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The conventions of love-making have suffered many severe jolts since the period of Jane Austen's sentimental novel, "Pride and Prejudice." For the demure and innocent young lass of the 18th century, to be kissed was to be as good as married. Young men of today are bolder, and young ladies far less scrupulous. To enjoy the play version of "Pride and Prejudice" fully we advise that after you have completely relaxed in your leather-backed chair at the Colonial, forget all the progress of the last two centuries in the mating arts, and reduce your idea of the animal, woman to a mere bundle of hovering, pent-up passion, afraid to let herself loose.
It would seem that the Renaissance of Women is but a recent phase in the trend of history, Jane Bennet, the beauteous daughter of a country-squire Bennet, and one of three sisters, nearly pines to death over a lost love in a manner that highly smacks of "days of old and knights of yore. In marked contrast the modern girl would never permit so much as a frown to belie the sorrow and chagrin within her. Sister Elizabeth, as played by Muriel Kirkland, is a far more sensible and sophisticated young woman. She, together with her rattle-brained, match-designing mather and the bloated Lady Catherine de Bourgh, are perhaps the only female characters noticeably touched by the Renaissance of Women, characters whom we might encounter at any time on the street today and number among our acquaintances.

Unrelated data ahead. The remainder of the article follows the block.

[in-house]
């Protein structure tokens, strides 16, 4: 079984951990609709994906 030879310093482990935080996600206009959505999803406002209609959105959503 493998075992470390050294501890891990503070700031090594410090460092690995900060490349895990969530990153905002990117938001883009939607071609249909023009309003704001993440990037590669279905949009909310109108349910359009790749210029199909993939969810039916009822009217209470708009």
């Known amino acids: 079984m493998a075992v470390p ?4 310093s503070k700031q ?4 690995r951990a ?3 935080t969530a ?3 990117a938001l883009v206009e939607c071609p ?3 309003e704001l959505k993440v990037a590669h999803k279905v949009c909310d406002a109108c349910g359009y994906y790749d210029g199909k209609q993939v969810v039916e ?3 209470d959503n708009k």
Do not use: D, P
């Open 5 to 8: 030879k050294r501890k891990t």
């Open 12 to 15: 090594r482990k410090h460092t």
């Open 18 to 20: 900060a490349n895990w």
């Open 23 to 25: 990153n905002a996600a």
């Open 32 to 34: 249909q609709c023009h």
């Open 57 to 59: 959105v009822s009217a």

This rather adverse comparison of the 1760's to our day should not be construed as a complaint against, or a fault of Jaue Austen's novel and its dramatization by Helen Jerome. In the light of its own day it is a very pleasant sentimental comedy, and, after all, we must judge it from that angle. The cast, though not phenomenal by any means, does a definitely satisfactory job. Robert Conness as the beefy-complexioned country gentleman, Mr. Bennet, handles his three twittering daughters and their erratic mother in the masterful fashion of a staid old Englishman. His wife, played by Molly Pearson, is the perfect simple-minded, scheming mother whose sole aim in life is to see her daughters married off before it's "too late". Lowell Gilmore epitomizes the title, "Pride and Prejudice", in his role of the tremendously aloof Mr. Darcy.
In our life at the theatre, it has never been our experience to find ourselves "let down" by any Theatre Guild performance. "Pride and Prejudice" is no exception. It is bound to please, if you take care to discount in advance the wit of an earlier day and charge it up to atmosphere.
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